The supermassive black holes lurking at the centers of galaxies have been known to chow down on anything unlucky enough to pass too close, but the opportunity to see that in action rarely occurs at the Milky Way's quiet core. Now, astronomers using the Atacama Large Millimeter/submillimeter Array (ALMA) observatory in Chile have imaged a very active black hole at the center of spiral galaxy M77, which is apparently feasting on the universe's largest donut.
The heart of M77 is what's known as an active galactic nucleus (AGN), meaning that gas and matter is constantly being sucked into the central black hole and giving off intense light. These active regions in the universe could help unlock the mysteries of how galaxies and the supermassive black holes at their cores develop in tandem.
Apart from the occasional spectacle, our own galactic center isn't very active, so astronomers need to look further away to find those clues. The team, made up of researchers from the National Observatory of Japan, SOKENDAI and Kagoshima University, used ALMA to image M77's galactic nucleus.
The team spotted a compact gaseous structure, resembling a gigantic donut, surrounding the black hole. The cloud stretches some 20 light-years out from the center, and is spinning around the black hole. The existence of these spinning torus structures has been hypothesized for decades, but according to the researchers, this marks the first time one has been directly observed.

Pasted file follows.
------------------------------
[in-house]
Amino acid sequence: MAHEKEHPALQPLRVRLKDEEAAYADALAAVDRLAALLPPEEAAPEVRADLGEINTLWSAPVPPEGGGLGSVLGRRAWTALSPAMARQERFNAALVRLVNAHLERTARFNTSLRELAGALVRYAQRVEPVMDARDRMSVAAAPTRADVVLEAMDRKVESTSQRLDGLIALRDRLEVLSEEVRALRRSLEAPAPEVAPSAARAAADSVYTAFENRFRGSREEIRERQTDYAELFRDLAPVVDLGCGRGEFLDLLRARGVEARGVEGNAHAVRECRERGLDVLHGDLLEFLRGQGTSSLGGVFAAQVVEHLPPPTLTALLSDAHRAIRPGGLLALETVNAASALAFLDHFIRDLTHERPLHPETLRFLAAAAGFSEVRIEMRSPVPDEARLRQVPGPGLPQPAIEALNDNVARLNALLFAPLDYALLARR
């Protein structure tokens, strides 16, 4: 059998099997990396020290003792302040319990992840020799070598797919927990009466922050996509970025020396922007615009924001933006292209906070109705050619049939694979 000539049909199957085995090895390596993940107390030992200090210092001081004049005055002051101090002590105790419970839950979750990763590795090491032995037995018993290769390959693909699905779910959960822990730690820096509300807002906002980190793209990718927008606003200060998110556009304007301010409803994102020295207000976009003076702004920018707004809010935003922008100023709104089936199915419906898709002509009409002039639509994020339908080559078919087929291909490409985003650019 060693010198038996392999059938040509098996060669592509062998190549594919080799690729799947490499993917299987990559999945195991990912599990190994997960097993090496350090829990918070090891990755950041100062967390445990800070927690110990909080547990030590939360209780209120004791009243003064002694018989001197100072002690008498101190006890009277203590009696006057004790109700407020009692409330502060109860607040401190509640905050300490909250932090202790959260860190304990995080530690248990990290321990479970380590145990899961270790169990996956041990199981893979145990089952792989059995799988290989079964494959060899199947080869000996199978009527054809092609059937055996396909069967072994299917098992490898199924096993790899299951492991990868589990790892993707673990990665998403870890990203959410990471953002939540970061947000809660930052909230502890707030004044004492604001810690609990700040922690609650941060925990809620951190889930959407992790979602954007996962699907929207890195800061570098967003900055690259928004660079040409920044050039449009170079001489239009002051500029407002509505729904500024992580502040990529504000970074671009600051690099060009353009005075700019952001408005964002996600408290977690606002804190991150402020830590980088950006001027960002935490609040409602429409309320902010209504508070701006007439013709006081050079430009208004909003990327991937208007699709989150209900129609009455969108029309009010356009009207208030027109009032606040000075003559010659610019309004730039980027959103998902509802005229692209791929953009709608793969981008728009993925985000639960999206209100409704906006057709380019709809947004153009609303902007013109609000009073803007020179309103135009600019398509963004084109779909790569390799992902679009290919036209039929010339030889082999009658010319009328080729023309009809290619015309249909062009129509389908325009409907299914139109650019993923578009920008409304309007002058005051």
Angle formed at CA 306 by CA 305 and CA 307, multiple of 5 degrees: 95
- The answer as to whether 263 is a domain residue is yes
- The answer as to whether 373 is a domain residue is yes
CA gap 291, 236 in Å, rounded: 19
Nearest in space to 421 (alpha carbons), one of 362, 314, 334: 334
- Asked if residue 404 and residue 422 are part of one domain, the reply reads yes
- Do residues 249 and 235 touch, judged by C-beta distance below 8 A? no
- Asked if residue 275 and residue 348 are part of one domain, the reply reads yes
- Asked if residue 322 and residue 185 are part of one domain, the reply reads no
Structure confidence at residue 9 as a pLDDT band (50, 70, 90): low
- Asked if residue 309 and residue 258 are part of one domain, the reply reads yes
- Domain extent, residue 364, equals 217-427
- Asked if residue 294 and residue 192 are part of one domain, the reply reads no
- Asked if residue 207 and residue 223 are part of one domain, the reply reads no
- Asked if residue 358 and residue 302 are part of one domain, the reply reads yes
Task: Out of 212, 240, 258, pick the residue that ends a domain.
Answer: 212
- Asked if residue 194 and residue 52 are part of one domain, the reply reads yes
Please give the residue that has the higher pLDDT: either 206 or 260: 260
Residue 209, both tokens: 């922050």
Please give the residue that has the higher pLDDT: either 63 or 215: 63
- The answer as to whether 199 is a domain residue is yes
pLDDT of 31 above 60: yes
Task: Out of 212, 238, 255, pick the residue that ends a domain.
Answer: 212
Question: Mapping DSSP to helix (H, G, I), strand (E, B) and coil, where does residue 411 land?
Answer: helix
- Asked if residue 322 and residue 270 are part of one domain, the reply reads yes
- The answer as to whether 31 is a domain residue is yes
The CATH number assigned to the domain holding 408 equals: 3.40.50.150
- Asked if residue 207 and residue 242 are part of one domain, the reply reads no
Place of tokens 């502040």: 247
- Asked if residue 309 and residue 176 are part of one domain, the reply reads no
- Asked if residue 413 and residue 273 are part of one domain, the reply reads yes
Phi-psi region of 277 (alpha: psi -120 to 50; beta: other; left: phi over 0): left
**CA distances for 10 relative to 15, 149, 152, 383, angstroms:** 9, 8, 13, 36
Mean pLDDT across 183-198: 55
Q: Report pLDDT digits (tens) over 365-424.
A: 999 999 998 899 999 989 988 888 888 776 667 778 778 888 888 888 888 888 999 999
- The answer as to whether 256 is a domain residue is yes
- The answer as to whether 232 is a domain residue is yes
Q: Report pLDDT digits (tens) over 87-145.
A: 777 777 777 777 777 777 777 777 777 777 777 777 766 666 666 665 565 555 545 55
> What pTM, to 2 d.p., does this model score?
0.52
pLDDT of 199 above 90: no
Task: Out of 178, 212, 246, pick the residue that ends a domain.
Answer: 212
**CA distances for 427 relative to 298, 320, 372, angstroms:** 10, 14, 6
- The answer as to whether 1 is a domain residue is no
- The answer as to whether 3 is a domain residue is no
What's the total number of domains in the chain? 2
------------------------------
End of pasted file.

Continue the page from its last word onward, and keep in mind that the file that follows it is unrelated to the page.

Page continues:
"To interpret various observational features of AGNs, astronomers have assumed rotating donut-like structures of dusty gas around active supermassive black holes," says Masatoshi Imanishi, lead author on a paper describing the find. "This is called the 'unified model' of AGN. However, the dusty gaseous donut is very tiny in appearance. With the high resolution of ALMA, now we can directly see the structure."
The resolution of ALMA's images can't hog all the credit for the discovery. The researchers say it was also important to focus on specific molecular emission lines, and microwave emissions were detected from hydrogen cyanide (HCN) molecules and formyl ions (HCO+). Since these molecules only emit microwaves in dense gas, it tells the team a lot about the donut's density.
But there's more to the story. The researchers say that the torus isn't spinning perfectly in line with the black hole's gravity – instead, there's a high degree of randomness to its motion. That implies a violent past, which may have involved a collision with a smaller galaxy.
The research was published in Astrophysical Journal Letters.
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